VYNE-L Ariana Grande Dangerous Woman album review - Liam Smith

The year of 2014 saw Ariana Grande rise to superstar status. After scoring four top ten hits on the Billboard 100, including the multi-platinum sophomore lead single, Problem, and the notoriously catchy collaboration with Jessie J and Nicki Minaj, 'Bang Bang', she spent 34 consecutive weeks in the top 10, the longest of any artist that year. Her second album, 'My Everything', which debuted at number one and three in the US and UK, respectively, was a tightly constructed, pristine pop de force, with an undeniable hit-making formula. Despite this, however, it felt like such commercial success came at the expense of musical substance and personality, and whilst it established no doubt that Grande was one of the most promising, technically-able singers in contemporary pop music, it remained unclear exactly who she was, either as a person or as an artist. Enter the formidable 'Dangerous Woman', Grande’s most recent, voluptuous offering, that breathes much needed life back into a saturated and tired pop market.

Don’t need permission, made my decision to test my limits” Grande croons on the title track, a slow-jam R&B affair, with an arena rock chorus. It’s one of her most empowered and confident vocal performances to date, and perfectly introduces the poised, self-assured archetype embodied throughout the album. While 'My Everything' suffered from a lack of strong charisma or identity, 'Dangerous Woman' oozes self-confidence, from the reassured, “I know they will be coming from the right and the left” on the subdued ‘Let Me Love You’, to the self-proclaimed “bad bitch” attitude on the pulsating ‘Bad Decisions’. Grande’s new-found buoyancy is infectious, and introduces a much-needed opulence to her previously superficial artistry.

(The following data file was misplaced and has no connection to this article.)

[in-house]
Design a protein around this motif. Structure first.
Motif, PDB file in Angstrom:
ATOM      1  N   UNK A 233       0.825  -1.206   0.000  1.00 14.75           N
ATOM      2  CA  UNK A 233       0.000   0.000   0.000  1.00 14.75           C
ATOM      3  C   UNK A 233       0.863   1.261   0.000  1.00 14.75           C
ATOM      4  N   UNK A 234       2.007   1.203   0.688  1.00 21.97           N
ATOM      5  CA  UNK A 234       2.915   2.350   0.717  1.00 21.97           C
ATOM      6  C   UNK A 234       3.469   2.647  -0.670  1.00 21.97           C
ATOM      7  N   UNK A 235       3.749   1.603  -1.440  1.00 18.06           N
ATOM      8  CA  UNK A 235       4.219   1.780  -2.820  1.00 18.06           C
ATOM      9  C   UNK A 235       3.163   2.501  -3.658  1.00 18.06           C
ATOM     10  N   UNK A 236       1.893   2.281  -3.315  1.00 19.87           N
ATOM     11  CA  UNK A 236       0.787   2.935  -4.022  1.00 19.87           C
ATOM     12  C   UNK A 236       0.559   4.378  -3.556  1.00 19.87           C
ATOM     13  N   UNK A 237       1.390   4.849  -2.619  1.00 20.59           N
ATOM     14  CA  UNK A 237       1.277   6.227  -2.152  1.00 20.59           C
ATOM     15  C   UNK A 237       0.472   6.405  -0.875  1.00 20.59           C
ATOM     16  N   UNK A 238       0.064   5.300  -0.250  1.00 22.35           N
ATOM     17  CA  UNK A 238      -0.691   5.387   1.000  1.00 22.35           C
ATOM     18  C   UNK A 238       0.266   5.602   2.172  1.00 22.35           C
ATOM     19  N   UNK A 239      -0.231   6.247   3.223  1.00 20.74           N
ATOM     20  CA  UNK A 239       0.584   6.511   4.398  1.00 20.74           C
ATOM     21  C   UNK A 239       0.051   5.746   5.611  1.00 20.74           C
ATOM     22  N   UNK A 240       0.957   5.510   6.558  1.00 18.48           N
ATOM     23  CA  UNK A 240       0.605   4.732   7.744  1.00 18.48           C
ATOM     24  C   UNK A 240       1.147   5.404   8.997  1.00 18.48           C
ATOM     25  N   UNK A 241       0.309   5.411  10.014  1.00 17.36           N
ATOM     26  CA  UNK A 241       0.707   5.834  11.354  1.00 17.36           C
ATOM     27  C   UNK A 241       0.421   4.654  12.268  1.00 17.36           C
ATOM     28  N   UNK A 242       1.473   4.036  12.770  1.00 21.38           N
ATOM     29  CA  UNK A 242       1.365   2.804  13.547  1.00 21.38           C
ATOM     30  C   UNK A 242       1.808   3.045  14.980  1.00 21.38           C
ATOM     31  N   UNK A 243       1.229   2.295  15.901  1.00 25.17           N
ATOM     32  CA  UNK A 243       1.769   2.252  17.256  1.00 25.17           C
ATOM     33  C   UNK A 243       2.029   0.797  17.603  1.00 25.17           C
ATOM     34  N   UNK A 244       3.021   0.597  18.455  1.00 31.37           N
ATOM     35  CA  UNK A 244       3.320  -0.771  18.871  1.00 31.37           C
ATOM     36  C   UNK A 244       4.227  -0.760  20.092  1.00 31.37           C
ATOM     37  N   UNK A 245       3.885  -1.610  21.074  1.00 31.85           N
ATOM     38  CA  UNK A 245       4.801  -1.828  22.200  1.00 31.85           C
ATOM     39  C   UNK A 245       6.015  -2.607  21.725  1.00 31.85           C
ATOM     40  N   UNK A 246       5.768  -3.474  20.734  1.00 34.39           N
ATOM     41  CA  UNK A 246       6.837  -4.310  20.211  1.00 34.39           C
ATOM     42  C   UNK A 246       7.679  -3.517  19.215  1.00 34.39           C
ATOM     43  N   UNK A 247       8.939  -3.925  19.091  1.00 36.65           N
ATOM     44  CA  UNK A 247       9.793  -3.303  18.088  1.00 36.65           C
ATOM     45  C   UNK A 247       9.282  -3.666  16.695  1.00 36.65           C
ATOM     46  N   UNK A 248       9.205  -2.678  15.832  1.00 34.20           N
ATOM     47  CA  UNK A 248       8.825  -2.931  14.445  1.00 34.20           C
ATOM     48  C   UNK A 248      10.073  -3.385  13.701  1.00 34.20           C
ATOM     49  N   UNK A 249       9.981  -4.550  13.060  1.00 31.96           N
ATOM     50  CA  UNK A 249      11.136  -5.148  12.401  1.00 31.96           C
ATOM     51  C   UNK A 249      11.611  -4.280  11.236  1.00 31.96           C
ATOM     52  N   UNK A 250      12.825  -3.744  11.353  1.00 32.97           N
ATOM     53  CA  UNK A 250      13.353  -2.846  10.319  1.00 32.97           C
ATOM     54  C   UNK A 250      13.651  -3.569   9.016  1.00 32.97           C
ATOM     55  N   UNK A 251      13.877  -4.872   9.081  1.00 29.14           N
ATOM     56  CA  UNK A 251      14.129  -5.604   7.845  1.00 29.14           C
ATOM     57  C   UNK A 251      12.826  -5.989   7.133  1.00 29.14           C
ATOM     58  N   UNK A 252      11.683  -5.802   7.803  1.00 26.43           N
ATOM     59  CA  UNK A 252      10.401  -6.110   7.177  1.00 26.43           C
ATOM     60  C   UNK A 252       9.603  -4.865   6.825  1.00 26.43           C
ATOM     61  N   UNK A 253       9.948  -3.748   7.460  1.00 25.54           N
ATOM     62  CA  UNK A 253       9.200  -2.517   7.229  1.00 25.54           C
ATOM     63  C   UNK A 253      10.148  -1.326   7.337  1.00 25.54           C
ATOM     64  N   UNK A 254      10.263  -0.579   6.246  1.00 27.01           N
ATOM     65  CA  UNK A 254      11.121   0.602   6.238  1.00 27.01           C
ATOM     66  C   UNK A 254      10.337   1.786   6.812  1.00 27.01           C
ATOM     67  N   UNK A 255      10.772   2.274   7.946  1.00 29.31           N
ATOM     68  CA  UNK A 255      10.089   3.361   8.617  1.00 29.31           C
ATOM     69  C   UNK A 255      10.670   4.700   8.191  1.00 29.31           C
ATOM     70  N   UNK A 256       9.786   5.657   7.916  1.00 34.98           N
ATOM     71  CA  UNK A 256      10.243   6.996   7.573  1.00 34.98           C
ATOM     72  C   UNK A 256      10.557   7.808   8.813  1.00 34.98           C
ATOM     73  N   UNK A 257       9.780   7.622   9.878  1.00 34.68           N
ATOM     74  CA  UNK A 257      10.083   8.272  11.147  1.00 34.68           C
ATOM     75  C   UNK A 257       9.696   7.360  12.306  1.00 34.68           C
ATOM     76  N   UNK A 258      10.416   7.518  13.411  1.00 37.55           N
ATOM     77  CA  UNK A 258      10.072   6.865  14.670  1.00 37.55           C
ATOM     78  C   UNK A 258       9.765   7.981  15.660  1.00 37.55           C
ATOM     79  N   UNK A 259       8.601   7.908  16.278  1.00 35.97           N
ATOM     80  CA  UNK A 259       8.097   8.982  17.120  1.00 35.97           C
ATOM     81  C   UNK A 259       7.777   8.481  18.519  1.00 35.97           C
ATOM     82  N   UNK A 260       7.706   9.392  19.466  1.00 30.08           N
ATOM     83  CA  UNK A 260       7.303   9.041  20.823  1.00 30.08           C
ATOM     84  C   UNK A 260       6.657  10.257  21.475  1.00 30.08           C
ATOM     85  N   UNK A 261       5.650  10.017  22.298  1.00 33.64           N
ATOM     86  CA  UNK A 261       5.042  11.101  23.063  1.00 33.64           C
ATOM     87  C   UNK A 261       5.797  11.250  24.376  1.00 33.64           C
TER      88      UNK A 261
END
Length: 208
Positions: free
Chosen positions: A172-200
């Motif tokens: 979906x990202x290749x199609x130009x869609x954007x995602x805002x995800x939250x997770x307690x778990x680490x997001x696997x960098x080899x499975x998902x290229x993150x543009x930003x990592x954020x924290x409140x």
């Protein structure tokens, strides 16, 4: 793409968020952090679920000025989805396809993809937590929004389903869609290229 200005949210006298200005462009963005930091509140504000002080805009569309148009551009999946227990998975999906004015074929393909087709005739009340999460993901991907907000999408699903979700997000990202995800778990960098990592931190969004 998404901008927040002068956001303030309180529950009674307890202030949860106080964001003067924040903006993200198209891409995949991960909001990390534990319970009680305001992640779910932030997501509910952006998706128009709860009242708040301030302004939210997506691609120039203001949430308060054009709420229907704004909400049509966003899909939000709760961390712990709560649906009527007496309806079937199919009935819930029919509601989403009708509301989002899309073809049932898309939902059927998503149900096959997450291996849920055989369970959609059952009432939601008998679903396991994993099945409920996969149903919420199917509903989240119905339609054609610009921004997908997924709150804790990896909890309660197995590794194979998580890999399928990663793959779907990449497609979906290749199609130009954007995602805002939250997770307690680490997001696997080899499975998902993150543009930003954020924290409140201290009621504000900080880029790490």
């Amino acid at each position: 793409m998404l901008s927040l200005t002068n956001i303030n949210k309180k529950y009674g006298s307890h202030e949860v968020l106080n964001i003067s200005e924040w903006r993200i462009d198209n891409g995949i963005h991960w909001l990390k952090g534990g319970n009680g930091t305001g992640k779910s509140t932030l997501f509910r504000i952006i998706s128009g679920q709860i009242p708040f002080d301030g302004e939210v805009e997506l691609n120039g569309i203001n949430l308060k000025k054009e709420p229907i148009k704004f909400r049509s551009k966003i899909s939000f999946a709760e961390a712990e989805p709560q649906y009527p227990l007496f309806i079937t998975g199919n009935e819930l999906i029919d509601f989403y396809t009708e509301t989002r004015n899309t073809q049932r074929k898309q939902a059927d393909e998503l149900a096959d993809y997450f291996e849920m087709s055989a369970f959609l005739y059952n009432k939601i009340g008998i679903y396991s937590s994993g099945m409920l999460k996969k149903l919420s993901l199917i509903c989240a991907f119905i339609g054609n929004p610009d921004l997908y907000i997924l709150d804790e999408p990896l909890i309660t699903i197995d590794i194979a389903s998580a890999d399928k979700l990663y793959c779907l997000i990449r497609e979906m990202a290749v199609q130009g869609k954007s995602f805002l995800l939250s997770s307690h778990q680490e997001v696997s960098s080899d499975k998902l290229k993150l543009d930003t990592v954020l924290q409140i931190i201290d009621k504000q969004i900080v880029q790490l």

Throughout the album’s 15 tracks, Grande demonstrates impressive genre versatility, occupying the diverse emotional spaces of each song with ease. She dabs in doo-wop on 50’s-tinged ‘Moonlight’, EDM on the sultry ‘Into You’, disco on the brazen ‘Greedy’ and even reggae on the Caribbean-tinged ‘Side to Side’. Grande is at her best, however, when her captivating voice takes centre-stage, exemplified perfectly on standout tracks, ‘Leave Me Lonely’, a breath-taking ballad featuring Macy Gray, and the gloomy, electronic ‘Touch It’. Admittedly, some tracks are markedly better than others; 'Sometimes' and 'Knew Better/Forever Boy', despite being catchy, lack the inventiveness of the rest of the catalogue, but there are no real duds or failures here.

“If I can’t be me, the fuck’s the point?” Grande concludes on ‘I Don’t Care’, a noteworthy valediction to the criticism she has received over the past few years (we needn’t mention the donut incident again). It seems that, with 'Dangerous Woman', Grande has finally begun to trade style for substance. The end result is a singer who is not only unashamedly herself, but one that is finally ready to live up to their mammoth potential.